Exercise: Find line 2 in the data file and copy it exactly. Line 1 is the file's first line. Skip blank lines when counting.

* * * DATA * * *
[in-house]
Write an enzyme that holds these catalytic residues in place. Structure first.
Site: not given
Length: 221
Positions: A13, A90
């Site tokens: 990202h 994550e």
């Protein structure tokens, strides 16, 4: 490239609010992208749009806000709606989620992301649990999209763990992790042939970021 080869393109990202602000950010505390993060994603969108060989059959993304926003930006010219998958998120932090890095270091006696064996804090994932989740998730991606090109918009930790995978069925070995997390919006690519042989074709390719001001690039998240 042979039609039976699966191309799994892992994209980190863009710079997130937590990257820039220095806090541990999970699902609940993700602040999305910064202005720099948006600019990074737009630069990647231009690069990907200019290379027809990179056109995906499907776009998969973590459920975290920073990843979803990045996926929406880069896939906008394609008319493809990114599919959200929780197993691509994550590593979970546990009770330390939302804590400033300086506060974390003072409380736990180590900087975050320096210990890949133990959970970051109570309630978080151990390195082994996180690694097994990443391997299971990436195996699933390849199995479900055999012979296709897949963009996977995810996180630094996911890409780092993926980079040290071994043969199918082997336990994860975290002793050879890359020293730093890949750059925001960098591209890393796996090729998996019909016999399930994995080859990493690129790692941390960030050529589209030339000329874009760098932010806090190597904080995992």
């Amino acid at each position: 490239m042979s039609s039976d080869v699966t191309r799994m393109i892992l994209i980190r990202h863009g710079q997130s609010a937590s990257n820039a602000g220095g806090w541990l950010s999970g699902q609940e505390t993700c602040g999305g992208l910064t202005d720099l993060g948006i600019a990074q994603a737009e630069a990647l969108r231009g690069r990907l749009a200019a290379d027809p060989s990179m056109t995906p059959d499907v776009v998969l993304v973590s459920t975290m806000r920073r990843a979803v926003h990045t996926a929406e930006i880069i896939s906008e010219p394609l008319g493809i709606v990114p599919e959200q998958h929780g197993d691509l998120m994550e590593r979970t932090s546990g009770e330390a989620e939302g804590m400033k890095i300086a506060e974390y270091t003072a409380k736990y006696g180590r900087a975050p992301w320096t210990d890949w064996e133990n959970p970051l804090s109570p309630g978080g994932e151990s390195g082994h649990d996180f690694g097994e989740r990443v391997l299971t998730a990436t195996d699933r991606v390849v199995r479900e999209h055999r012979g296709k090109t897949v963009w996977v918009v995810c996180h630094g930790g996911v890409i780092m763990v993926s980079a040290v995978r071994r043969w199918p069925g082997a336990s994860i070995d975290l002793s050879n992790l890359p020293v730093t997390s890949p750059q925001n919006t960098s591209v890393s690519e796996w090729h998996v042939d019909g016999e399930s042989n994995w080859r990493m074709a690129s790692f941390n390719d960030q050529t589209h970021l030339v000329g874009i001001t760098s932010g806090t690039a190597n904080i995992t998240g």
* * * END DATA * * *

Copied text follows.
Write an enzyme that holds these catalytic residues in place. Structure first.